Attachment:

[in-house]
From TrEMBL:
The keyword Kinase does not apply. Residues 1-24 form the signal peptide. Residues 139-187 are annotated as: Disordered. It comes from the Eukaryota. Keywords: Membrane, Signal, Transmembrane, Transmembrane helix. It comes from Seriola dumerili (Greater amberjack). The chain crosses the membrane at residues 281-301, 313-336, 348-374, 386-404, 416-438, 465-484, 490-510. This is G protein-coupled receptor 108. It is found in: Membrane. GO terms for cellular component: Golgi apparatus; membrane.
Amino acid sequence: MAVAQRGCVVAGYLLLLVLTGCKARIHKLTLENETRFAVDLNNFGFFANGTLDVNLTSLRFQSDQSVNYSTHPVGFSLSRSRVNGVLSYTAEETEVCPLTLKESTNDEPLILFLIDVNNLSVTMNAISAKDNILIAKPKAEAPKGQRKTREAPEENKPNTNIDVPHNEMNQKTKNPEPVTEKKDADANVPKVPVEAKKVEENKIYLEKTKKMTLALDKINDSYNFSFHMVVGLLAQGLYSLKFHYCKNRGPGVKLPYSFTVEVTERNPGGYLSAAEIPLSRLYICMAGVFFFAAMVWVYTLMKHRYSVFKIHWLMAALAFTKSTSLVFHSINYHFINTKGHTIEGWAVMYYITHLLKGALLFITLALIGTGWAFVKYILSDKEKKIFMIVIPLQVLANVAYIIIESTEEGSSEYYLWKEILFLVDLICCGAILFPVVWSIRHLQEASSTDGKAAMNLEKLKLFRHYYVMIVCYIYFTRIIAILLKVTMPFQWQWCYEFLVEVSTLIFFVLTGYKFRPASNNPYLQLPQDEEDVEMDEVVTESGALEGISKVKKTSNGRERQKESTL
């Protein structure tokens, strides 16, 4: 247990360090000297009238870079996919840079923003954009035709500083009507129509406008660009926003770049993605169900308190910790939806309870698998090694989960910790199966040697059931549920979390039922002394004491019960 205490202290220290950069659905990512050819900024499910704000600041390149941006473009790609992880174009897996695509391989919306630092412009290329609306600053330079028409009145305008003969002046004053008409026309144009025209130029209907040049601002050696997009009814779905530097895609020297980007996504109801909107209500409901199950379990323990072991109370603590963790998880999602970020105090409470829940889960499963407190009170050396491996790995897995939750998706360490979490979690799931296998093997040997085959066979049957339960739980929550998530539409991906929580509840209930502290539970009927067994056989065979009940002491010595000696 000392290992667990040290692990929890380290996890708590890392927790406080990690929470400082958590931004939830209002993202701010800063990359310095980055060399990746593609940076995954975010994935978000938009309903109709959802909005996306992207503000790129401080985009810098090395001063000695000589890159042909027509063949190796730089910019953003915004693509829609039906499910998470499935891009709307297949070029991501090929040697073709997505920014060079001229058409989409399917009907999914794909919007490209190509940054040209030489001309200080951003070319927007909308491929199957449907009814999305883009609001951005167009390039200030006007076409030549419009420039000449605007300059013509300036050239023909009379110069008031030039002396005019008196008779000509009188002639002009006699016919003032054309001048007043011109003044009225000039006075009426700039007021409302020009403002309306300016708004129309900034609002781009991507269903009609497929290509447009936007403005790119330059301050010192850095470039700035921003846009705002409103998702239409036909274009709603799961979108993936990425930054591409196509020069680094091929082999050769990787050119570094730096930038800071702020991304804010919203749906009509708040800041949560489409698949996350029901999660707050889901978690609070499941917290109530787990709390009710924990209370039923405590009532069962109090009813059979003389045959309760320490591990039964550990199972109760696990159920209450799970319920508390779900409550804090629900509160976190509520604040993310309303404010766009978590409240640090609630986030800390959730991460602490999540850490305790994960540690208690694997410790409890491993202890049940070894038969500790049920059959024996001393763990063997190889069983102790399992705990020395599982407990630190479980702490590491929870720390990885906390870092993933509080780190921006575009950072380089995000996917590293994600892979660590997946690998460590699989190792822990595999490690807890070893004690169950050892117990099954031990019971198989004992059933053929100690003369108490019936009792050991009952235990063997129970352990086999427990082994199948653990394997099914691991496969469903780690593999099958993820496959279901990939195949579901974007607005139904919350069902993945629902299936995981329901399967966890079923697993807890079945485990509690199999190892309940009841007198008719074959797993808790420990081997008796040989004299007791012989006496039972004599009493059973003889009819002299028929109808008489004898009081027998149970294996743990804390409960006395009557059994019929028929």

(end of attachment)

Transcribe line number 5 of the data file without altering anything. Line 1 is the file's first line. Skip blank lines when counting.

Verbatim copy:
């Protein structure tokens, strides 16, 4: 247990360090000297009238870079996919840079923003954009035709500083009507129509406008660009926003770049993605169900308190910790939806309870698998090694989960910790199966040697059931549920979390039922002394004491019960 205490202290220290950069659905990512050819900024499910704000600041390149941006473009790609992880174009897996695509391989919306630092412009290329609306600053330079028409009145305008003969002046004053008409026309144009025209130029209907040049601002050696997009009814779905530097895609020297980007996504109801909107209500409901199950379990323990072991109370603590963790998880999602970020105090409470829940889960499963407190009170050396491996790995897995939750998706360490979490979690799931296998093997040997085959066979049957339960739980929550998530539409991906929580509840209930502290539970009927067994056989065979009940002491010595000696 000392290992667990040290692990929890380290996890708590890392927790406080990690929470400082958590931004939830209002993202701010800063990359310095980055060399990746593609940076995954975010994935978000938009309903109709959802909005996306992207503000790129401080985009810098090395001063000695000589890159042909027509063949190796730089910019953003915004693509829609039906499910998470499935891009709307297949070029991501090929040697073709997505920014060079001229058409989409399917009907999914794909919007490209190509940054040209030489001309200080951003070319927007909308491929199957449907009814999305883009609001951005167009390039200030006007076409030549419009420039000449605007300059013509300036050239023909009379110069008031030039002396005019008196008779000509009188002639002009006699016919003032054309001048007043011109003044009225000039006075009426700039007021409302020009403002309306300016708004129309900034609002781009991507269903009609497929290509447009936007403005790119330059301050010192850095470039700035921003846009705002409103998702239409036909274009709603799961979108993936990425930054591409196509020069680094091929082999050769990787050119570094730096930038800071702020991304804010919203749906009509708040800041949560489409698949996350029901999660707050889901978690609070499941917290109530787990709390009710924990209370039923405590009532069962109090009813059979003389045959309760320490591990039964550990199972109760696990159920209450799970319920508390779900409550804090629900509160976190509520604040993310309303404010766009978590409240640090609630986030800390959730991460602490999540850490305790994960540690208690694997410790409890491993202890049940070894038969500790049920059959024996001393763990063997190889069983102790399992705990020395599982407990630190479980702490590491929870720390990885906390870092993933509080780190921006575009950072380089995000996917590293994600892979660590997946690998460590699989190792822990595999490690807890070893004690169950050892117990099954031990019971198989004992059933053929100690003369108490019936009792050991009952235990063997129970352990086999427990082994199948653990394997099914691991496969469903780690593999099958993820496959279901990939195949579901974007607005139904919350069902993945629902299936995981329901399967966890079923697993807890079945485990509690199999190892309940009841007198008719074959797993808790420990081997008796040989004299007791012989006496039972004599009493059973003889009819002299028929109808008489004898009081027998149970294996743990804390409960006395009557059994019929028929």